Valve has updated its Steam digital distribution platform with new server and client code as a means of improving download speeds for its users.
The new system is a two-pronged attack. The company is looking to deliver better download rates by sending content via HTTP, and by increasing its maximum aggregate bandwidth to account for spikes in traffic.
It will also be possible to download files in parts, rather than requiring a whole chunk be downloaded every time a small change is made. With this in mind, updates to games on the Steam client should be much smaller in size.
As a result of the new system, Valve will also be introducing a series of new features in the coming months, including download scheduling, bandwidth throttling, and prioritizing which games get downloaded first.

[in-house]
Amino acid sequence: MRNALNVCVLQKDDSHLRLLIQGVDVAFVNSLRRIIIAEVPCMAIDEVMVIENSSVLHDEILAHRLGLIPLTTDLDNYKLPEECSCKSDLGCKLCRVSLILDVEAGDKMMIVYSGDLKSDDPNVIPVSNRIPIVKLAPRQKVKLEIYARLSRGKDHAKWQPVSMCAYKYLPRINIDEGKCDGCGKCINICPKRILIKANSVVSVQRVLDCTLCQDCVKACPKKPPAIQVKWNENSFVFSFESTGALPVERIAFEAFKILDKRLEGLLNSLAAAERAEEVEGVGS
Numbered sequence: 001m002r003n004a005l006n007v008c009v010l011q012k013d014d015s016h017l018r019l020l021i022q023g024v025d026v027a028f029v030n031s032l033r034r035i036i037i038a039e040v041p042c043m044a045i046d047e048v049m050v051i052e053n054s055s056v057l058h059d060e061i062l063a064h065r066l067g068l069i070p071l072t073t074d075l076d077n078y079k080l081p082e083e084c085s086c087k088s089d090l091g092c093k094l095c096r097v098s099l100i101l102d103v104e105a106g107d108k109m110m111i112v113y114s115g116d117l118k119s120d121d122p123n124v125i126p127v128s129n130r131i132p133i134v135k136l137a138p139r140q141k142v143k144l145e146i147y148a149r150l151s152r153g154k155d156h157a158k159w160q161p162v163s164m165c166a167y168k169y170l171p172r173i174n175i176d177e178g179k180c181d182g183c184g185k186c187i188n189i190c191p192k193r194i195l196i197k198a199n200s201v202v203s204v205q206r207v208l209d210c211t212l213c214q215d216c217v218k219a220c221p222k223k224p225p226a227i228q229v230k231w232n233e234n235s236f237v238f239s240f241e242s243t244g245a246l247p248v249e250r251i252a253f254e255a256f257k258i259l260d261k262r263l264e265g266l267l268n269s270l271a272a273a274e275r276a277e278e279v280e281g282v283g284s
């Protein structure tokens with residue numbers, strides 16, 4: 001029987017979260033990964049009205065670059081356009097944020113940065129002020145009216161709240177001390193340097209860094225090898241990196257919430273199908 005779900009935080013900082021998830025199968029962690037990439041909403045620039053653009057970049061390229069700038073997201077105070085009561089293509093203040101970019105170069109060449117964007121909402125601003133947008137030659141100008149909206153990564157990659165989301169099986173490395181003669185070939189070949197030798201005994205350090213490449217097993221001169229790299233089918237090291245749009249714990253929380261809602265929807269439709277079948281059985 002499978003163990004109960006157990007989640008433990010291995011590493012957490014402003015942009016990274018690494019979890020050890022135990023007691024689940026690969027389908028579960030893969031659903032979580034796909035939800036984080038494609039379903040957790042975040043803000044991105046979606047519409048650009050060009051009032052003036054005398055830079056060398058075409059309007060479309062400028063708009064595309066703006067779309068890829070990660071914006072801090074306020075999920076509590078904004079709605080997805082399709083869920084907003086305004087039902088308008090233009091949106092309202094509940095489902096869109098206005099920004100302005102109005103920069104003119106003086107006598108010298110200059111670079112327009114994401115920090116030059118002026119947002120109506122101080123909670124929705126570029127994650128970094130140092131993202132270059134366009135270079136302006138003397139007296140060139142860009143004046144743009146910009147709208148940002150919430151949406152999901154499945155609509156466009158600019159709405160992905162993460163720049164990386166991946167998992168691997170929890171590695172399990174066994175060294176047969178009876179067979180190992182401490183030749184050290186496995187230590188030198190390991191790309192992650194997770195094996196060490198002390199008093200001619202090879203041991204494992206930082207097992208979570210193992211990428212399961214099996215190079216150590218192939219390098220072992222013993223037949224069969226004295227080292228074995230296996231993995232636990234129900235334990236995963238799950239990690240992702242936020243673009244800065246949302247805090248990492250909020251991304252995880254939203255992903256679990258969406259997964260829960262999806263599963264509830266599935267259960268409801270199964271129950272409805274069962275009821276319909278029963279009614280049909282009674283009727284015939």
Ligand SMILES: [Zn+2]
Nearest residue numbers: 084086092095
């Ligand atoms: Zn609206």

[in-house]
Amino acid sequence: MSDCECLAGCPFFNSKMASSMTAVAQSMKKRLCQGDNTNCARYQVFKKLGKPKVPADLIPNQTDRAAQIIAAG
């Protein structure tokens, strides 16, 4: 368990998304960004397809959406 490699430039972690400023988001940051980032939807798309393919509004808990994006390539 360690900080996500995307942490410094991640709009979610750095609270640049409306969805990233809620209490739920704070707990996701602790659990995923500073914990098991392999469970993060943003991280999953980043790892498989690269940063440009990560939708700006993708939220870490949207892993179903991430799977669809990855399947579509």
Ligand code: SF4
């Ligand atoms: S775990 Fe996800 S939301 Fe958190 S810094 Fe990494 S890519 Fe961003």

For the first time, you'll also be able to download an update for a game while you're still running that particular title. The update will be applied once you have quit out of the game.
The new content system is in place for downloading videos from the store right now, and will be completely replacing the current system over time. The company notes that Dota 2
will be delivered using this set-up.
Recently, Valve made both its Source SDK
and team-based shooter Team Fortress 2